Last year, BDSi created YET (is your eye tracker), a capable, DIY eye tracking device, that many students have used for their own projects, since. This year, we are back with: YLab (is your Lab)
STEERS: SmarT rEsEarch Recommender System
Creating a recommender system for suggesting research topics and relevant thesis supervisors based on the professional ambition and educational path of the student.
Covid-19 antibody tests used to identify whether an individual has been infected with SARS-CoV-2, can be employed to estimate the prevalence of this disease on a more aggregate or population level. If, for instance, such a test is taken among a number of Health Care Workers (HCW) in a well-specified region, then a sufficiently large sample suffices for a reasonably accurate estimation of the infection rate (proportion) among all HCWs in that region. The central ideas are that investigating a sample is quicker, cheaper and uses fewer scarce resources (e.g., the tests themselves) than investigating the entire population of interest. Moreover, the evolution in the rate can be monitored by taking samples distributed over time. The knowledge in the form of qualitatively sound estimates obtained may be relevant for policy decisions, for instance, in the case that a second wave is approaching, we may want to have an informed idea about the speed of the spreading of the virus as a crucial input for a second lockdown decision. Later on, we might want to have an idea about whether thresholds regarding the decline of the speed of spreading, or even the famed herd immunity, have been reached in order to end a lockdown.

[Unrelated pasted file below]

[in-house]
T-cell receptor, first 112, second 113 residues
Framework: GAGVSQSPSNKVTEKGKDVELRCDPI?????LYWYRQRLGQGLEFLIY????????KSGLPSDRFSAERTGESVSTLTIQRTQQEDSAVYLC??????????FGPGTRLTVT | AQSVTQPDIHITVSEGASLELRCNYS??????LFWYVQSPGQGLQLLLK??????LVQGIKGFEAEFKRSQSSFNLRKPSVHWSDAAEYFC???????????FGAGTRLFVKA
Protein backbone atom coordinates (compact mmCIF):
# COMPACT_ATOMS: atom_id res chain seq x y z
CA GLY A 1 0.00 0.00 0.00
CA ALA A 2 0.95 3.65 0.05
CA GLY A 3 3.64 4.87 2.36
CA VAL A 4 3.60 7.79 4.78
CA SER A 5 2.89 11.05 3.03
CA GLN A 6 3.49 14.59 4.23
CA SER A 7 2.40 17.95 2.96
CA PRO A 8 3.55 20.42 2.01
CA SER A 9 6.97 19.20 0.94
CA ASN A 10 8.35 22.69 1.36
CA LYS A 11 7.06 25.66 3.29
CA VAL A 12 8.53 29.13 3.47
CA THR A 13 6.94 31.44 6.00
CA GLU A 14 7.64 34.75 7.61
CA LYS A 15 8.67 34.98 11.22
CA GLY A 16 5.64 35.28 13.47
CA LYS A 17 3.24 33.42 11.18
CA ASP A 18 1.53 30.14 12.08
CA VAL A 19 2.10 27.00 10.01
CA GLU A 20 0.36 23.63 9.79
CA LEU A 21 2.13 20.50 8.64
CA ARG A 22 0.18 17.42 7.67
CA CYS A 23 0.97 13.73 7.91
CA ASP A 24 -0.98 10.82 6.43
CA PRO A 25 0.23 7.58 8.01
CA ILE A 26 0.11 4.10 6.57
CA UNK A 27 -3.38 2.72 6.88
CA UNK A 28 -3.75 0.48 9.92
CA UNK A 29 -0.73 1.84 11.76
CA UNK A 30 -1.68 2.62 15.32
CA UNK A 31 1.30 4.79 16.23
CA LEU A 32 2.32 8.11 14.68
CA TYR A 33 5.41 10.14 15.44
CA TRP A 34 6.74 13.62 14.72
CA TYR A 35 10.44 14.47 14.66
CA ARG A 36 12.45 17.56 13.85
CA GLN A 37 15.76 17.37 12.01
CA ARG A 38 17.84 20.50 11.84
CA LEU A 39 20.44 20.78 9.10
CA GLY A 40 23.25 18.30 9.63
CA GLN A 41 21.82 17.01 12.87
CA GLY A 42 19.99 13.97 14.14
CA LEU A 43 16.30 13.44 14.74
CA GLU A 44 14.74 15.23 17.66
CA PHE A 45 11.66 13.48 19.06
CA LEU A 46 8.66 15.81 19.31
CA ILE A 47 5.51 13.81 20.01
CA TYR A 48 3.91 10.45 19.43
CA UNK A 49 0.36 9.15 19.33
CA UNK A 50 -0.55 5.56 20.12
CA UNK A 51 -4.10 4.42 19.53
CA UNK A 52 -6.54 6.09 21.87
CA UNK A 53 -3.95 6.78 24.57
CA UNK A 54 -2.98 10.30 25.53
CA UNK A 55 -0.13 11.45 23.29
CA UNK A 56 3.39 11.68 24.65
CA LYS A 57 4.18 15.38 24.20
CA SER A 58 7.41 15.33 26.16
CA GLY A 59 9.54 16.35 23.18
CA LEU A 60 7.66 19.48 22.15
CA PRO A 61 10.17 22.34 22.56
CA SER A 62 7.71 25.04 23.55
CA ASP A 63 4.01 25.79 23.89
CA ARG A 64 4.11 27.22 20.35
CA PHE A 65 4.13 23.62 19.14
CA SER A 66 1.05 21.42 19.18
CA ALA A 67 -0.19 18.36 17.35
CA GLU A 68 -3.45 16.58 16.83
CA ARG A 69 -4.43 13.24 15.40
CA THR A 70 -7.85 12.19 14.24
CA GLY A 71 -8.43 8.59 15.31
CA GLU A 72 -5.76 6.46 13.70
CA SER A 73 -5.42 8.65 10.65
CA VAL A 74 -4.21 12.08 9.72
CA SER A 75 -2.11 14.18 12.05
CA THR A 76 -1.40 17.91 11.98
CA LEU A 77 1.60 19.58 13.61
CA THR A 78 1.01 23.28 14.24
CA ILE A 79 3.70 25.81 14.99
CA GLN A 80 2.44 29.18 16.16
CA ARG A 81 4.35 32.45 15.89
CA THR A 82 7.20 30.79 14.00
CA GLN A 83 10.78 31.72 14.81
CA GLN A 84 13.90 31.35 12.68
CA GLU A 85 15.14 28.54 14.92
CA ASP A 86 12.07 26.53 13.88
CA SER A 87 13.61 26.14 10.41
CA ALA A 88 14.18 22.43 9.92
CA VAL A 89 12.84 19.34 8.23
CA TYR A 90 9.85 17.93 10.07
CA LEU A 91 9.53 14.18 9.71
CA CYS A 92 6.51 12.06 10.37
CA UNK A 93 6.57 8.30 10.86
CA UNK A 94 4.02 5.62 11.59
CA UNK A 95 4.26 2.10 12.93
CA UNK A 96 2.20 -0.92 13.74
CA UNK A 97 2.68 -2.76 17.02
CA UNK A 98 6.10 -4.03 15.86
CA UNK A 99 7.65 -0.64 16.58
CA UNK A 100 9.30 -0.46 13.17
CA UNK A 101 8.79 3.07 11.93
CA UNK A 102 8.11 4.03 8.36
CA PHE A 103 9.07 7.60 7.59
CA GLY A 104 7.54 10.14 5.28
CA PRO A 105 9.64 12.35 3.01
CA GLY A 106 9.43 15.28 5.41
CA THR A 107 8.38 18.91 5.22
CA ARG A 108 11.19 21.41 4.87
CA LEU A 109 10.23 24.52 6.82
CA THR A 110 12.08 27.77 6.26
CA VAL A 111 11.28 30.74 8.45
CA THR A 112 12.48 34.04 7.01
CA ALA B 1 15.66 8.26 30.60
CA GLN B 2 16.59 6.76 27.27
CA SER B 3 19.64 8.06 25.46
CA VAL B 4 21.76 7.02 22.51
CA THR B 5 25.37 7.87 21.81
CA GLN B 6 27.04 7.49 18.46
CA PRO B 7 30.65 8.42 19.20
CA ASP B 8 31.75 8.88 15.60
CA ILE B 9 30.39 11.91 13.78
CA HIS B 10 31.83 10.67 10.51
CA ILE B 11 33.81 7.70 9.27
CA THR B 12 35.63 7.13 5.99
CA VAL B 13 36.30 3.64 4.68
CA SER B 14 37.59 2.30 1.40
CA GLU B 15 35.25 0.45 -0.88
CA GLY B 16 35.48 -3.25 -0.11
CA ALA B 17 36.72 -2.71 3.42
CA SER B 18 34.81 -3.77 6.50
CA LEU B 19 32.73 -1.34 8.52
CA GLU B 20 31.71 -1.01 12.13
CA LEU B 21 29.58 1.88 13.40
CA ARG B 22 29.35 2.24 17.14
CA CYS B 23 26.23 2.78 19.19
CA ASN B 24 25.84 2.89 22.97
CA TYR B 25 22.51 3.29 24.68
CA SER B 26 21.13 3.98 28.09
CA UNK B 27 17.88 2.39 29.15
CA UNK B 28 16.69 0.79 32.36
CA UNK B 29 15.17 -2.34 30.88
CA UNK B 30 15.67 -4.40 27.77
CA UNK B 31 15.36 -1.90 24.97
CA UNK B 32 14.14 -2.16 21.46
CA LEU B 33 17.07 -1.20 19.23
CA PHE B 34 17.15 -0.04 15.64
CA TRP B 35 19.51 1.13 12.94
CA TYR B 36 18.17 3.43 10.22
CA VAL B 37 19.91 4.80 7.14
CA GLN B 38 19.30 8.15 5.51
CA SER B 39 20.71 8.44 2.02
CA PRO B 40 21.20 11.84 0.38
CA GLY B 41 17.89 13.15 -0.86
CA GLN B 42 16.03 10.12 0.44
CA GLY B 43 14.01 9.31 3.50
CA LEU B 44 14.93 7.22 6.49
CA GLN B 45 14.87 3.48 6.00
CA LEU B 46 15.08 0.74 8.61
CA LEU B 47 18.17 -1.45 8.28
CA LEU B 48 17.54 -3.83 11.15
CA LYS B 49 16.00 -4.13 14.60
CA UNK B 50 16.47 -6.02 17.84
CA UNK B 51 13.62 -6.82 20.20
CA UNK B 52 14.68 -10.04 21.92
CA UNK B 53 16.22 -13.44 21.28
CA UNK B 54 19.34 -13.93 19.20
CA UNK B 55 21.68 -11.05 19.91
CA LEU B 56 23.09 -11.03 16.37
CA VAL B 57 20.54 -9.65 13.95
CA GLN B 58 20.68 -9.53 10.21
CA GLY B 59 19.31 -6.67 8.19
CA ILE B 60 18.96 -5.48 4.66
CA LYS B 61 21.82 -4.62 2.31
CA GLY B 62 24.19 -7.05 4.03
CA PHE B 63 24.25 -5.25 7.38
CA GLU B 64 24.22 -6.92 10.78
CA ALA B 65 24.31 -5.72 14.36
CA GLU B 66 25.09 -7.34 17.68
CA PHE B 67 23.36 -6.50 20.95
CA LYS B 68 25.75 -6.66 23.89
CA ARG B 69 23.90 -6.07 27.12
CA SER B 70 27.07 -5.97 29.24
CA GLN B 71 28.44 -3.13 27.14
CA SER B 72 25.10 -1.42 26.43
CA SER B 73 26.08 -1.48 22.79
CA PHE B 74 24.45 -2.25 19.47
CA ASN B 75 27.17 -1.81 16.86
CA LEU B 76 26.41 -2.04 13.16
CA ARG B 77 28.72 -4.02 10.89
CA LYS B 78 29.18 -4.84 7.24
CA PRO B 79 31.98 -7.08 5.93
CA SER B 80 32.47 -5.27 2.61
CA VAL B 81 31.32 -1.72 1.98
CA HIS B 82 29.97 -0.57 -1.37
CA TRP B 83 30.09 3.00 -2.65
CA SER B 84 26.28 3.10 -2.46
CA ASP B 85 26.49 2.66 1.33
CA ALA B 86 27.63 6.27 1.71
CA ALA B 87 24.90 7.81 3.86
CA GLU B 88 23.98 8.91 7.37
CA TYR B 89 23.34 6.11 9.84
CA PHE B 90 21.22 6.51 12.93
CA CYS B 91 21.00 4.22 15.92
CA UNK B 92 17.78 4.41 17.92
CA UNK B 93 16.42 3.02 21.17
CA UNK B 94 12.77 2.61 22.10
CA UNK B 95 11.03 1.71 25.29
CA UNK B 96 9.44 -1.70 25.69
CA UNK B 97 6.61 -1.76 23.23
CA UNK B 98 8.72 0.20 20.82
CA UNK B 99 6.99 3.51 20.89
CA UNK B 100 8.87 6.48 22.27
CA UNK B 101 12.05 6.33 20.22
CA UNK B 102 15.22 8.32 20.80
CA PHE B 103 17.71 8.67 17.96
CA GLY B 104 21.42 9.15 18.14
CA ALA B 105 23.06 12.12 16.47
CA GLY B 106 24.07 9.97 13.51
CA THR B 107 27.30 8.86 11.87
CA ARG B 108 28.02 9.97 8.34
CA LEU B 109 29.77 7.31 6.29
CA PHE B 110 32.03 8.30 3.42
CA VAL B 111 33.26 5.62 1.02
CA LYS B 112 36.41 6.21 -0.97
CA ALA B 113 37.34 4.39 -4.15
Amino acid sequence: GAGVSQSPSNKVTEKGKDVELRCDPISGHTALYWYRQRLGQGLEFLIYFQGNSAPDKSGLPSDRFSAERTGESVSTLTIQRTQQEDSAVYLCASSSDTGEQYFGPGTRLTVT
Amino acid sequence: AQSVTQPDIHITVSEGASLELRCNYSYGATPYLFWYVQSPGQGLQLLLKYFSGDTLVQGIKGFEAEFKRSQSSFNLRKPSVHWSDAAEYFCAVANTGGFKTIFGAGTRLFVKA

Teaching data analysis interactively to BMS students
In this project, we professionalise existing BMS educational material and extend it to include online web apps. We also aim to empower BMS teachers to make their own web apps.
Improving data visualizations at BMS
Data visualisation refers to the techniques used to communicate data through visual objects (points, lines or bars) in graphics. Currently, data visualisation is not systematically taught in skills lines in the various BMS programs. The goal of this project is to bring together and further develop teaching materials to enable and stimulate BMS students to find and use novel data, and to visualise these data in engaging ways using R and related programming languages.
Etmerald - Eye Tracking Made Easy
Eye Tracking is a powerful method for understanding human attention, visual processing, problem solving and preferences. It is useful in a variety of applied research domains, such as Human Factors, Communication Science, Marketing and Education. Eye tracking is expected to gain even more significance with the emerge of VR/AR systems in research and training.
ELSA: Exploring new frontiers in research on the governance of connected and automated vehicles
The race is on to develop smart and sustainable solutions to today’s most pressing challenges. Congestion, air pollution, rising energy costs, and public safety are just a few of the challenges developers of connected and automated vehicles (CAVs) claim to address. CAVs have captured the imagination of a whole host of stakeholders and sparked a new “gold rush” in the automotive industry.